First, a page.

- The Ceph Mastermind is the second last boss of Crysis 3, and spawns minions from the parts of destroyed Ceph. The best way to defeat this monstrosity is to grab a Ceph battery to super-charge Prophet’s Nanosuit, and hammer it with the X-PAC until it grabs Prophet, during which Prophet can use the Mastermind’s own energy attack against it. I eventually got to the third phase of the boss fight, and was armed with nothing more than the SCAR (I exhausted the Typhoon), but managed to beat it.
- The last mission is set in a vast underground cavern filled with Ceph, and although Prophet is only armed with a pistol and the Predator bow, a good bit of stealth and precision shooting will allow Prophet to access the more powerful weapons. After interfacing with the Ceph terminals, the Nanosuit becomes supercharged, so in conjunction with the X-PAC, Prophet becomes a death machine.
- Here, I find the X-43 MIKE, a microwave-based directed-energy weapon that will boil the Ceph alive from inside their armour, eventually causing them to explode in a shower of alien liquids. Because the Crysis 3 incarnation of the MIKE is reloadable and uses special ammunition, it makes a great weapon to have in conjunction with the Typhoon.
- With the X-PAC, Ceph Batteries to provide supercharge, the MIKE and Typhoon, the Alpha Ceph becomes a boss that isn’t too difficult to best. Once the vulnerable spots are tagged and destroyed, the Alpha Ceph temporarily retreats and sends regular Ceph units to fight Prophet: these can be defeated with the Typhoon (and the Devastators can be wasted using the MIKE). The process is repeated until all three of the claws are destroyed, after which Prophet will finish off the Alpha Ceph with Crysis 3‘s signature weapon.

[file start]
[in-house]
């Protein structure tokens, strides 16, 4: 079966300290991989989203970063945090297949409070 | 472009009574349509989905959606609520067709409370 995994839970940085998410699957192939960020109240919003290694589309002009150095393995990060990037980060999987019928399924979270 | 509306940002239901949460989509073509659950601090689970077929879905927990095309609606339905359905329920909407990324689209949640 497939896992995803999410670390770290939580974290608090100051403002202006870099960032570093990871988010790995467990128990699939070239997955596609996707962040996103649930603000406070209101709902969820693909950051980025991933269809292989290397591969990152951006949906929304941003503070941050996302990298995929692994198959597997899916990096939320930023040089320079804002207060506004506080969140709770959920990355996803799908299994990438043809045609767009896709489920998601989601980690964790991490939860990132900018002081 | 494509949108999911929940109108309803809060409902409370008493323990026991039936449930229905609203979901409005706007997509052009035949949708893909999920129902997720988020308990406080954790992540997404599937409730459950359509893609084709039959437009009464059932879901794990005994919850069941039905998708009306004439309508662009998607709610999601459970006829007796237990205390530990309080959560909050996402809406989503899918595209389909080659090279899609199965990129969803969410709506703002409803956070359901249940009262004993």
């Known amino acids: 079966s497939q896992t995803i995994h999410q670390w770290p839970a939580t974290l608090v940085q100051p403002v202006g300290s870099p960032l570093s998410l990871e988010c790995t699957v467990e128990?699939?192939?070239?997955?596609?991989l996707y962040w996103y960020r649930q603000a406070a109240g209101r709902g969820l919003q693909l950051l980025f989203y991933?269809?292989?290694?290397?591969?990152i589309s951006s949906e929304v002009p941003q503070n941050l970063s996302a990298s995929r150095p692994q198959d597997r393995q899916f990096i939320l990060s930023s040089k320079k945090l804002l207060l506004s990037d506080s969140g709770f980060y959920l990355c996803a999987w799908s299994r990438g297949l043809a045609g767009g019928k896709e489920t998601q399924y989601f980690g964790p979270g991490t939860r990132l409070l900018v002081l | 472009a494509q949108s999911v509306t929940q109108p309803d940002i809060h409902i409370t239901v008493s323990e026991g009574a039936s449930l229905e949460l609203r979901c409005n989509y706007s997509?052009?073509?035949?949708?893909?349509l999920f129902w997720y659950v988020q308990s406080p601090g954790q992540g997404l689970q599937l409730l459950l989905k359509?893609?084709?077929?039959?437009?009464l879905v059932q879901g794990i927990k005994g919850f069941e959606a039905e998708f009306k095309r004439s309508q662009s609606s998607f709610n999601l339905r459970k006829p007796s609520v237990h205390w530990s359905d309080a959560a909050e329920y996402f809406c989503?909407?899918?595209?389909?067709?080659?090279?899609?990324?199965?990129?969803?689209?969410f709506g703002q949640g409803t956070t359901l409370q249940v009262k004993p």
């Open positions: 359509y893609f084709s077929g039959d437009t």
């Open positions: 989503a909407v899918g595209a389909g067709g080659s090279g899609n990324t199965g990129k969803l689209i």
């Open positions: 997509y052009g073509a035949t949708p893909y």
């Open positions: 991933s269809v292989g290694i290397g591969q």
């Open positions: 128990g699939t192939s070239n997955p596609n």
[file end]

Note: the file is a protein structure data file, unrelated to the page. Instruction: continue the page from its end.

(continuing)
- Destroying the Alpha Ceph does not stop the True Ceph from moving through the wormhole, but now empowered to hack into Archangel, Prophet turns the CELL super weapon into an instrument for saving Humanity. Because the True Ceph warship appears to resist a blast capable of incinerating a planet for a brief moment, this moment might hint at just how advanced the True Ceph are. However, the blast eventually destroys the warship and closes off the wormhole.
With a more cohesive story and superior, tactile gameplay compared to all previous installations, Crysis 3 represents the series at its most evolved stage. Each level accommodates for stealthy and aggressive play-styles: the inclusion of the predator bow and hacking means that one can adopt a truly silent approach to every situation, making use of the environment to move from place to place to complete goals. If one should choose an approach befitting of Rambo, this is also possible, as one can customise their Nanosuit to take more damage and improve firearm handling. The incredibly powerful Ceph weapons are now usable, and the presence of Ceph batteries scattered around the maps mean that Prophet has a chance to stand toe-to-toe with even the toughest of Ceph enemies. In particular, the boss fights were absolutely thrilling: at no point did I ever feel that I was ill-equipped to take on the bosses, making use of the environment and weapons to unleash destruction against the enemy. Crysis 3 also does a phenomenal job of portraying the Ceph, giving their true form as entities beyond human comprehension; it turns out that the forces that have been going to down on humanity are their equivalent of Homo Erectus, merely serving as guardians to a world that humans have since damaged. Beyond messages of what it means to be human, Crysis 3 also suggests that humanity should generally be more cautious about how we treat the Earth. All in all, Crysis 3 is perhaps the strongest installment in the franchise, taking back its title as one of the best-looking games of 2013 and also demonstrating that it’s possible to construct a reasonably compelling narrative in a game that might otherwise be seen purely as a technology demonstration.